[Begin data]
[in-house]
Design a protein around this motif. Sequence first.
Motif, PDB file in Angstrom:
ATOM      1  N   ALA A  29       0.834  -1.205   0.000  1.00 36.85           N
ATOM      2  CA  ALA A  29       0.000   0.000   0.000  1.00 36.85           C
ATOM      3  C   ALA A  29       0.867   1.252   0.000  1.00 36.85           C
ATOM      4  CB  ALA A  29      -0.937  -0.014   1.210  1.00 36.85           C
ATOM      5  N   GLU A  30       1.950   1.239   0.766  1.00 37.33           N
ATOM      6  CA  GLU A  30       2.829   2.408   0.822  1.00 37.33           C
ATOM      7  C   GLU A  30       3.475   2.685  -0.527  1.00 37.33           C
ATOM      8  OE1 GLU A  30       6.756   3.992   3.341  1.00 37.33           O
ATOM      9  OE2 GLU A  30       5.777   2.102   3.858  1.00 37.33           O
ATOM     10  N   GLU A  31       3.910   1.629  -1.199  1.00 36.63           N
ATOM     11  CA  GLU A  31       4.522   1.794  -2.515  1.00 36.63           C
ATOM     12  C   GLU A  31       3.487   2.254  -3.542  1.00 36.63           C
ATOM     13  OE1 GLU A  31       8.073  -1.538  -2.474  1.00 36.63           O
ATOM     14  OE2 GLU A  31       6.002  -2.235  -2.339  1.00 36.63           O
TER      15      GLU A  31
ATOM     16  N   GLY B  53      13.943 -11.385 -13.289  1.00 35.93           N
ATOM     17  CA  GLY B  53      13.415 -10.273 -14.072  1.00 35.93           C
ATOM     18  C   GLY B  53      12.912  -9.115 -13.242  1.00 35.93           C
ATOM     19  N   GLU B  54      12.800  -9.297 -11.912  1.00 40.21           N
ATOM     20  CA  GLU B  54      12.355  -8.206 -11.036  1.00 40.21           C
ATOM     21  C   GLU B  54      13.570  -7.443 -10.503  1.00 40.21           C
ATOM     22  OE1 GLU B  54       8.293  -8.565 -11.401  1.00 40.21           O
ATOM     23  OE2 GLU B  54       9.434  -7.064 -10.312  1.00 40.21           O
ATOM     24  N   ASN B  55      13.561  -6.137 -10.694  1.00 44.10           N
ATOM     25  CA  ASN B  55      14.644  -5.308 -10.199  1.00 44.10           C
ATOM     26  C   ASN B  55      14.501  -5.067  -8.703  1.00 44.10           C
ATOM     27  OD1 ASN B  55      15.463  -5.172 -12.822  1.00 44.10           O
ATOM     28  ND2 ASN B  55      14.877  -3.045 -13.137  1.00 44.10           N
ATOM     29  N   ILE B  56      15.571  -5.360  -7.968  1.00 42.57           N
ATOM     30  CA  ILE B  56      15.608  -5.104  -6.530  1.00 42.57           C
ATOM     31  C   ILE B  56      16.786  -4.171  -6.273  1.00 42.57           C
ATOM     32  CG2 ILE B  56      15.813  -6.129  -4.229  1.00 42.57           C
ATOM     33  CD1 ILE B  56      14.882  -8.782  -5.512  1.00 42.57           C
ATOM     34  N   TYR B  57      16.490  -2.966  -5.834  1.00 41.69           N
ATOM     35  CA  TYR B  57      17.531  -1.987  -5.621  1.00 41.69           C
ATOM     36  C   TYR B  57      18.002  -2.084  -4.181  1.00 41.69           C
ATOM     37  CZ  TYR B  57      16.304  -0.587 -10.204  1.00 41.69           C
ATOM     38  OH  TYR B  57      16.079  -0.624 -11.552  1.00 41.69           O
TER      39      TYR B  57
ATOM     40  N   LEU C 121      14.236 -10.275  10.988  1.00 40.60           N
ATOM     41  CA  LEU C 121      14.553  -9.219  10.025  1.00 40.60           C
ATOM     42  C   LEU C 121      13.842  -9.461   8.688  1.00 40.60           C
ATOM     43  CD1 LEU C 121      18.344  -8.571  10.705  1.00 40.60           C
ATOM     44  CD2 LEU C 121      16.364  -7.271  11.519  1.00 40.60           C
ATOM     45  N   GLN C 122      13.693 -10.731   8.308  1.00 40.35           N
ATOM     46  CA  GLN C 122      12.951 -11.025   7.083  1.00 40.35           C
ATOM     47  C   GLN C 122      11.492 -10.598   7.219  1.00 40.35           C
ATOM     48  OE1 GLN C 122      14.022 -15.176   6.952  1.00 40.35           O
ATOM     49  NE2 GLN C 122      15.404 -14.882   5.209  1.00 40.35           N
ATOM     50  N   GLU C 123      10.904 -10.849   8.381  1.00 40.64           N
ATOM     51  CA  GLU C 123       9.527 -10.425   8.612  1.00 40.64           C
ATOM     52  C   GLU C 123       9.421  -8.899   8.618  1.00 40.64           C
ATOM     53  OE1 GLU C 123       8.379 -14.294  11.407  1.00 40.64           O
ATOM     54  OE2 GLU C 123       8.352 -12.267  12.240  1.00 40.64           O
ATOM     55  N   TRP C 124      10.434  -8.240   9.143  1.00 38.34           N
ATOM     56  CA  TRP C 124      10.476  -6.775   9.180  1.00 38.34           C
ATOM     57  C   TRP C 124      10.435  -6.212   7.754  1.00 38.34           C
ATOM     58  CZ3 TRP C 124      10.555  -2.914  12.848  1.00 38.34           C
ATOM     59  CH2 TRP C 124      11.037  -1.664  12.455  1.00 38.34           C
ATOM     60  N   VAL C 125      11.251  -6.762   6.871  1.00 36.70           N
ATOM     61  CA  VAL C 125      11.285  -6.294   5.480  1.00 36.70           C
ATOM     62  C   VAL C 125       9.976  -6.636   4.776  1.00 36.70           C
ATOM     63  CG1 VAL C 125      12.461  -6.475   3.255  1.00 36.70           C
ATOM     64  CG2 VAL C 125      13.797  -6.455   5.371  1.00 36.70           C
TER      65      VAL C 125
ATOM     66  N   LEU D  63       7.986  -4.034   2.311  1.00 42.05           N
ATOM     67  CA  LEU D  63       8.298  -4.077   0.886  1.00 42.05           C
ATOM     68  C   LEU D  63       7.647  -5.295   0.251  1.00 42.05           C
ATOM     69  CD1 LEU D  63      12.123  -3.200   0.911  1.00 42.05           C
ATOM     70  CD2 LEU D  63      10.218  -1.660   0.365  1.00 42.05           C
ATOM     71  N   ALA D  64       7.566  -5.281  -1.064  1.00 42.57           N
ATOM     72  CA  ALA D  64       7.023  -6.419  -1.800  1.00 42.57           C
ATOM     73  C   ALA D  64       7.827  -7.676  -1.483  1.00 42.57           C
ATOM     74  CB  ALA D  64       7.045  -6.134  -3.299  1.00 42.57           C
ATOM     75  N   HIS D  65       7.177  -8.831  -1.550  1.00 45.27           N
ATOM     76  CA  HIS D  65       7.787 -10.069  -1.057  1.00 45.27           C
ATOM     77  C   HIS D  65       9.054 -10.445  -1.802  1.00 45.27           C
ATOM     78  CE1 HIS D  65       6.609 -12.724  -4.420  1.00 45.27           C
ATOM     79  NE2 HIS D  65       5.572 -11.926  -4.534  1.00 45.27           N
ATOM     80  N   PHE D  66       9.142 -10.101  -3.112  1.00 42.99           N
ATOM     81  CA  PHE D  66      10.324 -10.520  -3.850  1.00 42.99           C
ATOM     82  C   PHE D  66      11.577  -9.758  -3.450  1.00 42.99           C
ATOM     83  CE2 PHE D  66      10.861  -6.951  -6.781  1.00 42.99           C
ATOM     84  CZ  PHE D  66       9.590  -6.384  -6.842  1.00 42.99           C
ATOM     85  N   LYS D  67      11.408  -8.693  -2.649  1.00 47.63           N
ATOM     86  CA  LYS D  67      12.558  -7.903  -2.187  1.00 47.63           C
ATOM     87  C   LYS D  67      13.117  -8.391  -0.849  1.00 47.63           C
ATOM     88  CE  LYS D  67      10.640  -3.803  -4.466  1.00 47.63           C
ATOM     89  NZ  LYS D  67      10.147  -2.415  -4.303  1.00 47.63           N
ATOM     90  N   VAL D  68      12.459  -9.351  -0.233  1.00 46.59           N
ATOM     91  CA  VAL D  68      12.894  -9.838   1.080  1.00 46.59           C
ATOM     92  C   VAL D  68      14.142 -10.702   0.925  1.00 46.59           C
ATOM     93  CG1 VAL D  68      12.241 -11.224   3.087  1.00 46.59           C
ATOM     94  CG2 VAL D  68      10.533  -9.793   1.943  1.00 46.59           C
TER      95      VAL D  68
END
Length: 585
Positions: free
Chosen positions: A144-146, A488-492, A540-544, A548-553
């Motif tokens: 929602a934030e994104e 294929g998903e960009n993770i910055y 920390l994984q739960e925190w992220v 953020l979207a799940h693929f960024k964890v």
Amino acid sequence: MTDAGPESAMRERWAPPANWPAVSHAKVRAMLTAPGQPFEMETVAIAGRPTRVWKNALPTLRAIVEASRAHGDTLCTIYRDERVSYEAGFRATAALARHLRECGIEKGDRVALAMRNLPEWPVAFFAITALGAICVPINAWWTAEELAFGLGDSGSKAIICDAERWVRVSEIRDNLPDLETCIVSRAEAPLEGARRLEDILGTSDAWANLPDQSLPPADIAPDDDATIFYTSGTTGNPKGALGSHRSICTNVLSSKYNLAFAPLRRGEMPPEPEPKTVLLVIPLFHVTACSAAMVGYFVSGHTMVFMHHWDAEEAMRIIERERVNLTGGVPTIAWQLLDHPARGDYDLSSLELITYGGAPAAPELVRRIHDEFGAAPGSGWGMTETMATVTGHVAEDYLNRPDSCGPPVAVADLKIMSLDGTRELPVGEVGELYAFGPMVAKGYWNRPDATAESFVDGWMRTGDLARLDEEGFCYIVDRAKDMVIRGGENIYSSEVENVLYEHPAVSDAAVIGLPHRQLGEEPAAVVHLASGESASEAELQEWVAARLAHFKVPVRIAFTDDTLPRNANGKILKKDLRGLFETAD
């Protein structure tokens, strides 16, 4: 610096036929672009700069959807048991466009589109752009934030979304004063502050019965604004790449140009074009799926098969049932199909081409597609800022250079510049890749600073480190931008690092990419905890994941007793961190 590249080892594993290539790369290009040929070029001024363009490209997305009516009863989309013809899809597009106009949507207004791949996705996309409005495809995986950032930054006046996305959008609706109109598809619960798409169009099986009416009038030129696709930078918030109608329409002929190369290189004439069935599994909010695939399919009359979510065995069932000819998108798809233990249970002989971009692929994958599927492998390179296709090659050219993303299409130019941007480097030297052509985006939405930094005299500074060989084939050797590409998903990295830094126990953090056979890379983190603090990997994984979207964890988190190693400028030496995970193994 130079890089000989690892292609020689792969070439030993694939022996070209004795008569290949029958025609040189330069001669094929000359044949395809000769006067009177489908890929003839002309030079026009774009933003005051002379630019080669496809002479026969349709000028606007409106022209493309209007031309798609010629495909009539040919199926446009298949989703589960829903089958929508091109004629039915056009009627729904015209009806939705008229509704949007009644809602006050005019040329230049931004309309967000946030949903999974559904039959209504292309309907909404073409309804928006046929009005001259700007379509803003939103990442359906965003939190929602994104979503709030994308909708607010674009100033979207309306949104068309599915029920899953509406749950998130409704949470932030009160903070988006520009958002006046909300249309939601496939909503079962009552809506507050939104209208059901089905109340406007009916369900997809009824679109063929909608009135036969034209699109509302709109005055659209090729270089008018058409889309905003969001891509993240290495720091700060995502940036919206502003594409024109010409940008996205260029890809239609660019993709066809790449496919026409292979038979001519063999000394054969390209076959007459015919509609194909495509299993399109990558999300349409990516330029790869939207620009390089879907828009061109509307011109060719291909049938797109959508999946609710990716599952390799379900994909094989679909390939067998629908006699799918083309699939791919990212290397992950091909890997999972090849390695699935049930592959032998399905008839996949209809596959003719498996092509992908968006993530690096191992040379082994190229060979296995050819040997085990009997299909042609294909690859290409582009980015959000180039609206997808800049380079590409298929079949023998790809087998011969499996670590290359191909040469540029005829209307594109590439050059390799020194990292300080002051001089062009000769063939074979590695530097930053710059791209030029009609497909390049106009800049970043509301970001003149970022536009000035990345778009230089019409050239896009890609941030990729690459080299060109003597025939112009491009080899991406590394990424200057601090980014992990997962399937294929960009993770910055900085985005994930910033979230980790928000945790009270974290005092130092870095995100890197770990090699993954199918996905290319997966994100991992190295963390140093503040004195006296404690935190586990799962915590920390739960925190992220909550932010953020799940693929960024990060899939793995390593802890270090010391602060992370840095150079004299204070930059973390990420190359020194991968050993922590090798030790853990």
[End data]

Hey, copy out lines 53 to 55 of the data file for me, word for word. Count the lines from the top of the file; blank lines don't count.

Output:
ATOM     50  N   GLU C 123      10.904 -10.849   8.381  1.00 40.64           N
ATOM     51  CA  GLU C 123       9.527 -10.425   8.612  1.00 40.64           C
ATOM     52  C   GLU C 123       9.421  -8.899   8.618  1.00 40.64           C